"C-Tech extending technology from skiffs to America's Cup and beyond"
Richard Gladwell, Sail-World, April 2009
'C-Tech’s Alex Vallings is a familiar sight on the Waitemata at the helm of a 12 or 18ft skiff.'
Most associate the name Alex Vallings with skiff sailing.
He's better known for bouncing down the Waitemata harbour tightly attached to a trapeze wire, extended tiller in hand, and to most people's minds only barely in touch with reality. Alex is a sailor, most comfortable at the extremes of the sport.
During the week, he's also involved at the extremes of the sport – making very light and exotic sail battens for all manner of yachts and their sails.
C-Tech has extended carbon technology developed for skiffs into Volvo Ocean Racers, America’s Cup and Superyachts, plus racing dinghy classes.
His company C-Tech is the world leader in the field – having supplied all of the 2007 America's Cup fleet, the whole of the 2008/09 Volvo Ocean Race fleet, and a growing fleet of superyachts.
A fitter and turner by trade, Vallings started C-Tech to make 49er wings for Mackay Boats.
'We made wings for nine years, and now Dave is making them himself because we got too busy doing other things. They were predominantly fibreglass made in moulds. There was a little bit of carbon in them. For us, it was a bit of a learning curve to start off with.
'Right from the start I’d been playing around with 12ft skiffs. We made what I believe is probably the first carbon mast in New Zealand for a skiff. Tim Bartlett and I made it in a garage. That went really well. We won some of the races in the Interdominions by more than 15 minutes. It got busier and busier making rigs and foils, and sails, too. We made 11 or 12 rigs.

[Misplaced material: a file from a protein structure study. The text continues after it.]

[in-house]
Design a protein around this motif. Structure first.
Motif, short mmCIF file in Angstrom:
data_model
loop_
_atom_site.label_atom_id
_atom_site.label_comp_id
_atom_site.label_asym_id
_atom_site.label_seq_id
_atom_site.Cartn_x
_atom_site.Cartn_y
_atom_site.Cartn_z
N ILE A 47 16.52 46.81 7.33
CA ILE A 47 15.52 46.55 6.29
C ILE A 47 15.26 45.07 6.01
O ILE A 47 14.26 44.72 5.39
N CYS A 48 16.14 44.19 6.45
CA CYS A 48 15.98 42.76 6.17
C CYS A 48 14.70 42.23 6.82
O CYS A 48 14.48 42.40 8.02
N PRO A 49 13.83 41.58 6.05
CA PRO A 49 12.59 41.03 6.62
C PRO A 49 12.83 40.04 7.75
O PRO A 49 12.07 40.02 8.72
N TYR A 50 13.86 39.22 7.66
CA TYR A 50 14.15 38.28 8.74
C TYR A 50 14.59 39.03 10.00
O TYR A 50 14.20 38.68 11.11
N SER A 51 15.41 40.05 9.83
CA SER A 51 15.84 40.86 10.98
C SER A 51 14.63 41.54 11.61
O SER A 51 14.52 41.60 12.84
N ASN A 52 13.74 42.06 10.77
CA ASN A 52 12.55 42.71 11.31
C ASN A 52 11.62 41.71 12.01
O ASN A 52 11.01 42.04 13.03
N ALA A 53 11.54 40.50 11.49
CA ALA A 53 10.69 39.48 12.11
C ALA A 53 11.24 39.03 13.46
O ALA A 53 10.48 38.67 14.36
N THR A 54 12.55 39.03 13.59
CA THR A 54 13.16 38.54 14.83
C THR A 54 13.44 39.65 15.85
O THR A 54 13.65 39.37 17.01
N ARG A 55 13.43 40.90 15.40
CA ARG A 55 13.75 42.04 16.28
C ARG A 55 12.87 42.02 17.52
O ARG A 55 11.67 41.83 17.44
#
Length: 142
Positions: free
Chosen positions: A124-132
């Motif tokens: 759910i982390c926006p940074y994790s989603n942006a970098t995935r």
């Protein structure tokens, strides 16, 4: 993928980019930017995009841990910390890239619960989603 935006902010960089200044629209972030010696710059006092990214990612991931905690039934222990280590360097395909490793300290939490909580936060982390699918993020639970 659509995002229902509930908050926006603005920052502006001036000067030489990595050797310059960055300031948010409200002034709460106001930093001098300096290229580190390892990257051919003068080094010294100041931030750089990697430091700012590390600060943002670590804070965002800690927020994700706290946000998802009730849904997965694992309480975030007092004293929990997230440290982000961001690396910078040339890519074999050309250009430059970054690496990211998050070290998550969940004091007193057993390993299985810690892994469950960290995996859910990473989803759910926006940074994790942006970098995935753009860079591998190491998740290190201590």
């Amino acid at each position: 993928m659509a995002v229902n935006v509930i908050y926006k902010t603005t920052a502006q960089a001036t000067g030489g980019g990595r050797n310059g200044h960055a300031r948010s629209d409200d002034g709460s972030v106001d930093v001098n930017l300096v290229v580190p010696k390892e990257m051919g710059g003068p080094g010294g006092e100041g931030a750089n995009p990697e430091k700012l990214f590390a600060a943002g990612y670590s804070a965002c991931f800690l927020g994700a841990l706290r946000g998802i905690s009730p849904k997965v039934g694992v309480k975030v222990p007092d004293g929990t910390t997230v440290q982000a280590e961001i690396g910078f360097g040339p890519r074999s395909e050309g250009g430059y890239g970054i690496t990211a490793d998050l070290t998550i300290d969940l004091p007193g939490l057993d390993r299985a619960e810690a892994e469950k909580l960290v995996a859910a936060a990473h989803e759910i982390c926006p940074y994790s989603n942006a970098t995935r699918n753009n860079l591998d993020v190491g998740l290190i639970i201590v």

From that garage, Vallings has moved the business several times. Mostly to fit with other work he had nearby. Seven years ago they moved into fulltime operation in west Auckland.
Sailbattens are made from square carbon tube, produced at C-Tech.
All the C-Tech products are made on mandrels (milled stainless steel tubes which are a male mould for the component), as opposed to buying preformed tube and just adding fittings to build the finished product.
'The first spar we started was a prod first, and that was just wet laminate with unidirectional. That was shrink wrapped using a thin tape, similar to what we do now, but in wet laminate. We didn't have the machines to put on the shrink tape as at present . It was done by hand, and by eye, with someone cranking it at the end.
'Then we started making the masts and couldn't use the same method as with the prods, so we got some prepreg and started using that.'
Construction of dinghy and skiff spars now form a significant part of the C-Tech business - extending to Javelins, 3.7's, and OK dinghies. ' They go all over the place', says Vallings. 'Mostly to New Zealand and Australia, but also there’s been quite a few orders this year to Europe. Karl Purdie won the World’s with one of our masts last year, so its been quite a busy period for the OK mast side of the business. All told, C-Tech have made more than 50 3.7 masts and around 185 OK masts – mostly for the Australian and New Zealand markets.